437

I am initializing an array like this:

public class Array {

    int data[] = new int[10]; 
    /** Creates a new instance of Array */
    public Array() {
        data[10] = {10,20,30,40,50,60,71,80,90,91};
    }     
}

NetBeans points to an error at this line:

data[10] = {10,20,30,40,50,60,71,80,90,91};

How can I solve the problem?

  • 3
    You could replace that "int data[] = new int[10]" by "int data[]". You are wasting memory there. – missingfaktor Dec 26 '09 at 15:49

10 Answers 10

648
data[10] = {10,20,30,40,50,60,71,80,90,91};

The above is not correct (syntax error). It means you are assigning an array to data[10] which can hold just an element.

If you want to initialize an array, try using Array Initializer:

int[] data = {10,20,30,40,50,60,71,80,90,91};

// or

int[] data;
data = new int[] {10,20,30,40,50,60,71,80,90,91};

Notice the difference between the two declarations. When assigning a new array to a declared variable, new must be used.

Even if you correct the syntax, accessing data[10] is still incorrect (You can only access data[0] to data[9] because index of arrays in Java is 0-based). Accessing data[10] will throw an ArrayIndexOutOfBoundsException.

| improve this answer | |
  • 2
    Actually, the primary reason it is incorrect is that it is a syntax error! The AIOB would only happen if the syntax was acceptable. – Stephen C Dec 21 '09 at 4:07
  • 1
    Could you please help me, If I declare an array like this: public static void product(int[] array){ int[] productArray = new int[array.length]; and want to set all the values of productArray zero, what should I write? (I think I should write a loop and set all values to zero, is there any better way to do this?) – Hengameh Aug 26 '15 at 13:09
  • 3
    @Hengameh: It's initialized to 0 by default. See stackoverflow.com/a/2154340/1000655 – Neal Gokli Mar 6 '17 at 22:56
39

Try data = new int[] {10,20,30,40,50,60,71,80,90,91 };

| improve this answer | |
  • 1
    +1. You have an extra opening brace. One can also write: data[0] = 10; data[1] = 20; .... after int data[] = new int[10], but it is too much code and it will end up doing the same thing. – Hamish Grubijan Dec 21 '09 at 4:03
28

When you create an array of size 10 it allocated 10 slots but from 0 to 9. This for loop might help you see that a little better.

public class Array {
    int[] data = new int[10]; 
    /** Creates a new instance of an int Array */
    public Array() {
        for(int i = 0; i < data.length; i++) {
            data[i] = i*10;
        }
    }
}
| improve this answer | |
16

You can do:

int[] data = {10,20,30,40,50,60,71,80,90,91};
| improve this answer | |
  • 3
    I'm wondering what value this adds on top of the accepted answer from 5 years prior. – TylerH Aug 19 '19 at 15:01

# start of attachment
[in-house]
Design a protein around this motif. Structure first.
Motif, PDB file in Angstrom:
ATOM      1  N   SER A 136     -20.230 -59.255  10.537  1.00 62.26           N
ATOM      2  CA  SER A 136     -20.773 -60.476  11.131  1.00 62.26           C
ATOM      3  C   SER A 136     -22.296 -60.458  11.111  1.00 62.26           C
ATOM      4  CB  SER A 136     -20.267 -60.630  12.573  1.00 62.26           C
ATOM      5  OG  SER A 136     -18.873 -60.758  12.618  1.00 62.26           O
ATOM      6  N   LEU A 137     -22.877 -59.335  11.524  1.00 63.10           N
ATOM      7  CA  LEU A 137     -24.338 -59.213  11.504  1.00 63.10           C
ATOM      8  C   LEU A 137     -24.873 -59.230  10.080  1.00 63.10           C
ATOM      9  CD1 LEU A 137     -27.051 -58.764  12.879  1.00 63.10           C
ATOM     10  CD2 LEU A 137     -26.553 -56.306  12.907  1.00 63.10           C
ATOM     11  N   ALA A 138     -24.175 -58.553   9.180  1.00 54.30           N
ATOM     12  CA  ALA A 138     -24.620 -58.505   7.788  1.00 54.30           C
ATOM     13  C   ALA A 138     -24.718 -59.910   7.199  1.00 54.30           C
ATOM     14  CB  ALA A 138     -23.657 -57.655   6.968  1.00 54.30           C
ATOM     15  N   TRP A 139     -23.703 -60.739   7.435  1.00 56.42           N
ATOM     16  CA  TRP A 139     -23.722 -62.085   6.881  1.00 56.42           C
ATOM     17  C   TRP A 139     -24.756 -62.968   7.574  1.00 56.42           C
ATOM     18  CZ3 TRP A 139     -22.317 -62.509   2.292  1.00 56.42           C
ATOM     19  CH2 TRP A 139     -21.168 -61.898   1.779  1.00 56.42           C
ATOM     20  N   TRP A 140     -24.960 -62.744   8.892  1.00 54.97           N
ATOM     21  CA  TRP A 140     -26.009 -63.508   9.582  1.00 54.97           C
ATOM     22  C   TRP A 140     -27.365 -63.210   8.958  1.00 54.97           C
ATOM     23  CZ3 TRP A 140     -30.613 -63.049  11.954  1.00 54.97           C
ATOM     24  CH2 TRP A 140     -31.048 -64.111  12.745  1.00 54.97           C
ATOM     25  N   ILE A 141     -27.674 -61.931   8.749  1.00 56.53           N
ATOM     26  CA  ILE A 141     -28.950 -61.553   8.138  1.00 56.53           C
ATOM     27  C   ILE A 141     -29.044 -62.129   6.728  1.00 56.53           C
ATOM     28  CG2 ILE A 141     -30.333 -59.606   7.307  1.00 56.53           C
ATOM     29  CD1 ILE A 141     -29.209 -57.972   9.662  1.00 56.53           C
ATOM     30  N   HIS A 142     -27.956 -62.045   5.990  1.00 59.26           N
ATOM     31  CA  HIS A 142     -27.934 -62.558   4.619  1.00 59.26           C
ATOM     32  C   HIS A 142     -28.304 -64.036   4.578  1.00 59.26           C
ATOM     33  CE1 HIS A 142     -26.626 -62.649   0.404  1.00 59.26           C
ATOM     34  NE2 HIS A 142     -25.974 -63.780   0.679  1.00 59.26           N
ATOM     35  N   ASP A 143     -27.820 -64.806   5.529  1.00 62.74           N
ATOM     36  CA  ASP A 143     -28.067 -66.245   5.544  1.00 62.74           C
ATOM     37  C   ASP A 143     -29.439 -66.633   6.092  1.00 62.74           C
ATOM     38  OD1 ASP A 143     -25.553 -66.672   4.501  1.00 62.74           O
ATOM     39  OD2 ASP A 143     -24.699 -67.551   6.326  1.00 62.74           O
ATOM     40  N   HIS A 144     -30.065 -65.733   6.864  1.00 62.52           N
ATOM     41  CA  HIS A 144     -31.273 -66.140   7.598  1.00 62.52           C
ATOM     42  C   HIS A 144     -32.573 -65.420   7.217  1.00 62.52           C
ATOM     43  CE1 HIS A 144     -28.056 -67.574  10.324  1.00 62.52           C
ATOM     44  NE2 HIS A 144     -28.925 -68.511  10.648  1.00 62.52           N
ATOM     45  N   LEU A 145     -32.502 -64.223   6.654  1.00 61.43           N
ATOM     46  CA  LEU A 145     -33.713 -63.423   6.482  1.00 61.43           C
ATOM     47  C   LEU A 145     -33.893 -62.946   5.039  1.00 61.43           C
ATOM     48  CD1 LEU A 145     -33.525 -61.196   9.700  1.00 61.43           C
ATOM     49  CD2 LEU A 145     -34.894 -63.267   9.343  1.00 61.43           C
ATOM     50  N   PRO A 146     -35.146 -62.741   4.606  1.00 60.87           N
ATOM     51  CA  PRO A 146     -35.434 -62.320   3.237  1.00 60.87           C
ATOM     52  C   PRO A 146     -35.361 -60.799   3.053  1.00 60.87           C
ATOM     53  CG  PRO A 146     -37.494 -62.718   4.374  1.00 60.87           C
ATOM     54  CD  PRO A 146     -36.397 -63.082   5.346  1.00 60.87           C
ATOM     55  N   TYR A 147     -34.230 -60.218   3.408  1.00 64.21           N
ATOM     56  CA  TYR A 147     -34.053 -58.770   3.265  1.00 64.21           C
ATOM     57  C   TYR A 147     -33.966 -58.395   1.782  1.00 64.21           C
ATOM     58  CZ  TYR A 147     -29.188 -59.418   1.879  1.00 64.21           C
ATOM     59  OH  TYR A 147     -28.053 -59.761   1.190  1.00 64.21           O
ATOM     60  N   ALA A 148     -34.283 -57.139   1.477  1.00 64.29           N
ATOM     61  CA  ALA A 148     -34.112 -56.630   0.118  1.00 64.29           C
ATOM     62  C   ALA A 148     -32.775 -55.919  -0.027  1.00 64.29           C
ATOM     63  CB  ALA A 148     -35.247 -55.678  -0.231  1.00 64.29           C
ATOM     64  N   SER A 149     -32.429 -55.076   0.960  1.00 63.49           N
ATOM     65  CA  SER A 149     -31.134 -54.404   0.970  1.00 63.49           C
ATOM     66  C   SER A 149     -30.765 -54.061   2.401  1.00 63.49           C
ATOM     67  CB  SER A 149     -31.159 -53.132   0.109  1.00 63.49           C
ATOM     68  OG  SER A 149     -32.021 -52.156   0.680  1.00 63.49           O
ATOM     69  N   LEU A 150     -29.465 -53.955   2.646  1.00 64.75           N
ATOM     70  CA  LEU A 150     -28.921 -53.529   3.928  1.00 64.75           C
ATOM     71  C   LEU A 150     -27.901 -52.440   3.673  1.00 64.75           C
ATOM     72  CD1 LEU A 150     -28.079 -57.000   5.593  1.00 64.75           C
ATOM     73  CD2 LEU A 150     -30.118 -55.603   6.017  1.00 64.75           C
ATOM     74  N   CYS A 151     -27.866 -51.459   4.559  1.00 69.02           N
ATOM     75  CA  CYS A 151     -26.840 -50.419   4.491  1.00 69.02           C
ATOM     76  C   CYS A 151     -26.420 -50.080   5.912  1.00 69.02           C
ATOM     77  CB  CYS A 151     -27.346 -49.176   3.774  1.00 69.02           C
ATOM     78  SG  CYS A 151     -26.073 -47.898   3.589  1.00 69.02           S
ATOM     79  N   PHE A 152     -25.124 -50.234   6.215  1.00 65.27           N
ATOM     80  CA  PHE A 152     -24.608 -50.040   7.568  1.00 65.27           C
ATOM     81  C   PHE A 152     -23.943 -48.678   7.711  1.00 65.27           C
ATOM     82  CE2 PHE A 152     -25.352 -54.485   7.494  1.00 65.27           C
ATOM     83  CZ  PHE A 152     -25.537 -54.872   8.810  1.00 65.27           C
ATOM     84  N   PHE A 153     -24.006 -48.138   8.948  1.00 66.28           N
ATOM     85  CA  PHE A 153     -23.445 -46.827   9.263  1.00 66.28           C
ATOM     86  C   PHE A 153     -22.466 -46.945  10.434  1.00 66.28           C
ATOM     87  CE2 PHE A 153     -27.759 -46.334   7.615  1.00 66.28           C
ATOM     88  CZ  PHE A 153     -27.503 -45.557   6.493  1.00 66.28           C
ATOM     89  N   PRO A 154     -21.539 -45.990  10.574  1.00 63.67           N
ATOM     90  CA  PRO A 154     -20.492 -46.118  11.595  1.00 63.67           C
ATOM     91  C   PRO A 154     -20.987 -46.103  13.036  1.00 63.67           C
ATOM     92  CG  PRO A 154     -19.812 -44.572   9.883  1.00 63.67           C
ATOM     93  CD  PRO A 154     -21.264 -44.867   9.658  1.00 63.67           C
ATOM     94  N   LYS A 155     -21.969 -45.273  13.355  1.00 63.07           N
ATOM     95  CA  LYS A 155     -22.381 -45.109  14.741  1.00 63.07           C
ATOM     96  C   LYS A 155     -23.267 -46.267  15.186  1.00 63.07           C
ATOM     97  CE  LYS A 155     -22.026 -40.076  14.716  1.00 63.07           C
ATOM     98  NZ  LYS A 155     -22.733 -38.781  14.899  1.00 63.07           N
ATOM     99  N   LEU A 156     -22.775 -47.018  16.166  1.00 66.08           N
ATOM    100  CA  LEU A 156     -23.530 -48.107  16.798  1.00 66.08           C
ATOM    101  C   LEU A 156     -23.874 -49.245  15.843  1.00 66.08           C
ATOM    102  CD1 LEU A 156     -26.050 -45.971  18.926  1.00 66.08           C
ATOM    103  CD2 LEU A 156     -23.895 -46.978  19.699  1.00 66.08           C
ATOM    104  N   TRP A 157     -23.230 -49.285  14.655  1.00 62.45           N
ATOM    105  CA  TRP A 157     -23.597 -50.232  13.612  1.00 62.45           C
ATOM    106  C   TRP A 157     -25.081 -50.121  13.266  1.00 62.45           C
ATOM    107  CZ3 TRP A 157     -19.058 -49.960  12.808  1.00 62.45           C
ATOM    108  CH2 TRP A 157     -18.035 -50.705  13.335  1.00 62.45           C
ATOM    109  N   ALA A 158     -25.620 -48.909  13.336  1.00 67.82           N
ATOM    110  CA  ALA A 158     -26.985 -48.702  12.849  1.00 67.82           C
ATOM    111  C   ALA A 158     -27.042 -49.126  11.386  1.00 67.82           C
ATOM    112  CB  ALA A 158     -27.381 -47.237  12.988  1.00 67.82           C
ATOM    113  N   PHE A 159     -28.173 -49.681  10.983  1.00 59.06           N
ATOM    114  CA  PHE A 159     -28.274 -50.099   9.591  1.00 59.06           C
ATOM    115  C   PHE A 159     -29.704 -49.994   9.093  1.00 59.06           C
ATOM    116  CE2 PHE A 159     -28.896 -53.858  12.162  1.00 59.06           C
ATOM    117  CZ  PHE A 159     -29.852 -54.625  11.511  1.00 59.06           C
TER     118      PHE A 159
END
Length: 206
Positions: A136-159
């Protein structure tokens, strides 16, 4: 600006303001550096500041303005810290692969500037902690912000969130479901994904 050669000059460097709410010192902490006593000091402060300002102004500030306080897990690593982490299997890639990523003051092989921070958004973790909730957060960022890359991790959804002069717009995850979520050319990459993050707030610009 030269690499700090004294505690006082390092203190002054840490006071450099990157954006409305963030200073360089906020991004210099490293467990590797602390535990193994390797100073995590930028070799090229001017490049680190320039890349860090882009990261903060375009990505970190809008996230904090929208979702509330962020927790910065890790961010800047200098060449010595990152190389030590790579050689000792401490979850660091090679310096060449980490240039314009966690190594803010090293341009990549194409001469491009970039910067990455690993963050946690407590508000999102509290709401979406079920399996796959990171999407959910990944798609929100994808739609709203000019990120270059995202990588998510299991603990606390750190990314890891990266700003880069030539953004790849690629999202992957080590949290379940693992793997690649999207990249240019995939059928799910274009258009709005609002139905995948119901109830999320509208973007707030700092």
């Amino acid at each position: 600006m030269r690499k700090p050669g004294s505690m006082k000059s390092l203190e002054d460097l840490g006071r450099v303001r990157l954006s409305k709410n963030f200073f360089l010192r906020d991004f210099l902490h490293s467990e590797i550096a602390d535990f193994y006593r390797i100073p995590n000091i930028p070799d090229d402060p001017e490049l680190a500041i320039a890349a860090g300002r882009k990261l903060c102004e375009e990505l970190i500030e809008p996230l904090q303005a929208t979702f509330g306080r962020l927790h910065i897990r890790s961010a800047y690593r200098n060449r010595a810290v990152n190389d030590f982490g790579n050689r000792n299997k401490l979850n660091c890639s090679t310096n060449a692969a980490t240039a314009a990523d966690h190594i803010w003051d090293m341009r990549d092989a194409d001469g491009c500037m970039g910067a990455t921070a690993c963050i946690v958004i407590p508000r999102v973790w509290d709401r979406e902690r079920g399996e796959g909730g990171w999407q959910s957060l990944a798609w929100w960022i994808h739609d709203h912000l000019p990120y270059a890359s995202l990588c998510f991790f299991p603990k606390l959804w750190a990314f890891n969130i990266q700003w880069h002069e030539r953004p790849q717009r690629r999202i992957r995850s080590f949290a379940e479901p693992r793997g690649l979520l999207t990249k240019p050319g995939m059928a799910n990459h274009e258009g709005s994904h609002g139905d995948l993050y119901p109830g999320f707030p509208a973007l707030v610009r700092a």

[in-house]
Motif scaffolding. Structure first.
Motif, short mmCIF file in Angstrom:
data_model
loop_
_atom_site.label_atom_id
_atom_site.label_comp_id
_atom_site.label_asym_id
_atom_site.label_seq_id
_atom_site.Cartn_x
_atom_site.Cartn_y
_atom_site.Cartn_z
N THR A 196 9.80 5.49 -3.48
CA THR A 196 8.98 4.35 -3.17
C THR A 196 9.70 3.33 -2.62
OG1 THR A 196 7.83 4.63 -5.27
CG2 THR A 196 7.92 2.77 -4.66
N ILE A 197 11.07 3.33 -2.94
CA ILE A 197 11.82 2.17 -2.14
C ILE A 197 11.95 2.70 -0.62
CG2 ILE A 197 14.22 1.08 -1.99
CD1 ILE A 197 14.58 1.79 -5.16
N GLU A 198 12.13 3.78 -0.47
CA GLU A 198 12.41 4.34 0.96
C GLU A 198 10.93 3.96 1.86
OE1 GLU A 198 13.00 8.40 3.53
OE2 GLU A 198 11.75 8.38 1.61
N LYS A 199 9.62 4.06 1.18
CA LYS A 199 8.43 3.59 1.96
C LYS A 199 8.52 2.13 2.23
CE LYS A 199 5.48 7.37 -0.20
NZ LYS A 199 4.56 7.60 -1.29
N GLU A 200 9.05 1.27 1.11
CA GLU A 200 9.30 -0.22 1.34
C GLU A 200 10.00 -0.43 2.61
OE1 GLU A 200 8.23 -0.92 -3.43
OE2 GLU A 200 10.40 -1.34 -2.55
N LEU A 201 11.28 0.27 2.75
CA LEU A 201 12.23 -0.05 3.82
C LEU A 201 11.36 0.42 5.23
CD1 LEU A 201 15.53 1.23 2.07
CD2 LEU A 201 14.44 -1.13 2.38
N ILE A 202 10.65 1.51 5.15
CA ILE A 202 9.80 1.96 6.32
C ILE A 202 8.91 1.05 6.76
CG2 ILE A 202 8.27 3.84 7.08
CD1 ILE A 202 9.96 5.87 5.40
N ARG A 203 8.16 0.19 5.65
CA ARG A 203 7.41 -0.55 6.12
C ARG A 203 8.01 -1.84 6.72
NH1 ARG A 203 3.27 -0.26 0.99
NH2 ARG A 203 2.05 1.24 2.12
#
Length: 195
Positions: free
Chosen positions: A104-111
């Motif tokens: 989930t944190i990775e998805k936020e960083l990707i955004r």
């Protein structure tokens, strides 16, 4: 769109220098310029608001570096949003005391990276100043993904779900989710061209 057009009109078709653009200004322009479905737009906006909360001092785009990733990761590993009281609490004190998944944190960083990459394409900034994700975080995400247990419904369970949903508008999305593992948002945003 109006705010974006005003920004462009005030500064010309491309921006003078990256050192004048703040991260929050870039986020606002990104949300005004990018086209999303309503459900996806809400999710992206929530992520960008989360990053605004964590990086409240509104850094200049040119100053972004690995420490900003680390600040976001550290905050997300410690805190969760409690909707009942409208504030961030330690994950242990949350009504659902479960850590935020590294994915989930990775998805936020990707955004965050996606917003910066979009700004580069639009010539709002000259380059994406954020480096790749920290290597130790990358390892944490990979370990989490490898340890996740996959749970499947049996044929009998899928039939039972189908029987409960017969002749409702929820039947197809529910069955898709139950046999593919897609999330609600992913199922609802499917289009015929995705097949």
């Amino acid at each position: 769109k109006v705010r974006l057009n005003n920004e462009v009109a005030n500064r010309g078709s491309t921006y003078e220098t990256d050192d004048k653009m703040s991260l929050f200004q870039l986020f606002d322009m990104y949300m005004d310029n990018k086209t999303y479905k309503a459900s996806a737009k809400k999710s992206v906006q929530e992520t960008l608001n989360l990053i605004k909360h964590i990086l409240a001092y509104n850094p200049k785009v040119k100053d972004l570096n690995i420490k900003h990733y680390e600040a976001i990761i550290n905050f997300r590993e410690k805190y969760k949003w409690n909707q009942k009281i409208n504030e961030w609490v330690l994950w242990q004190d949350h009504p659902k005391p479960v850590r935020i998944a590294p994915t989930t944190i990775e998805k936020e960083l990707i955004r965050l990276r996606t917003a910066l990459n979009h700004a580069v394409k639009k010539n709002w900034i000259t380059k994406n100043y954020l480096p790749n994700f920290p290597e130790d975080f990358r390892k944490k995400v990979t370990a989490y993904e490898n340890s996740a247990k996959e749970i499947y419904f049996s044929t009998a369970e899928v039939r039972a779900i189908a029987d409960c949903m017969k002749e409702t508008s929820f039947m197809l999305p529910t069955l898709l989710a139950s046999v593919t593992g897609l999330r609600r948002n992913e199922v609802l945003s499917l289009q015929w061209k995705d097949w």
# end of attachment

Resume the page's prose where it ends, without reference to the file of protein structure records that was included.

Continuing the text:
12

Syntax

 Datatype[] variable = new Datatype[] { value1,value2.... }

 Datatype variable[]  = new Datatype[] { value1,value2.... }

Example :

int [] points = new int[]{ 1,2,3,4 };
| improve this answer | |
8

Rather than learning un-Official websites learn from oracle website

link follows:Click here

*You can find Initialization as well as declaration with full description *

int n; // size of array here 10
int[] a = new int[n];
for (int i = 0; i < a.length; i++)
{
    a[i] = Integer.parseInt(s.nextLine()); // using Scanner class
}

Input: 10//array size 10 20 30 40 50 60 71 80 90 91

Displaying data:

for (int i = 0; i < a.length; i++) 
{
    System.out.println(a[i] + " ");
}

Output: 10 20 30 40 50 60 71 80 90 91

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3

You cannot initialize an array like that. In addition to what others have suggested, you can do :

data[0] = 10;
data[1] = 20;
...
data[9] = 91;
| improve this answer | |
3

If you want to initialize an array in a constructor, you can't use those array initializer like.

data= {10,20,30,40,50,60,71,80,90,91};

Just change it to

data = new int[] {10,20,30,40,50,60,71,80,90,91};

You don't have to specify the size with data[10] = new int[] { 10,...,91} Just declare the property / field with int[] data; and initialize it like above. The corrected version of your code would look like the following:

public class Array {

    int[] data;

    public Array() {
        data = new int[] {10,20,30,40,50,60,71,80,90,91};
    }

}

As you see the bracket are empty. There isn't any need to tell the size between the brackets, because the initialization and its size are specified by the count of the elements between the curly brackets.

| improve this answer | |
2

you are trying to set the 10th element of the array to the array try

data = new int[] {10,20,30,40,50,60,71,80,90,91};

FTFY

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0

Maybe this will work:

public class Array {

    int data[] = new int[10]; 
    /* Creates a new instance of Array */
    public Array() {
        data= {10,20,30,40,50,60,71,80,90,91};
    }
}
| improve this answer | |
  • 6
    How does this differ from the question? Please extend your answer! – Alexander Vogt Jan 18 '15 at 10:39
  • 2
    Array initializer aren't allowed in constructors !!!! You should at least test your proposals, before posting them... – Sedat Kilinc Feb 21 '18 at 17:29

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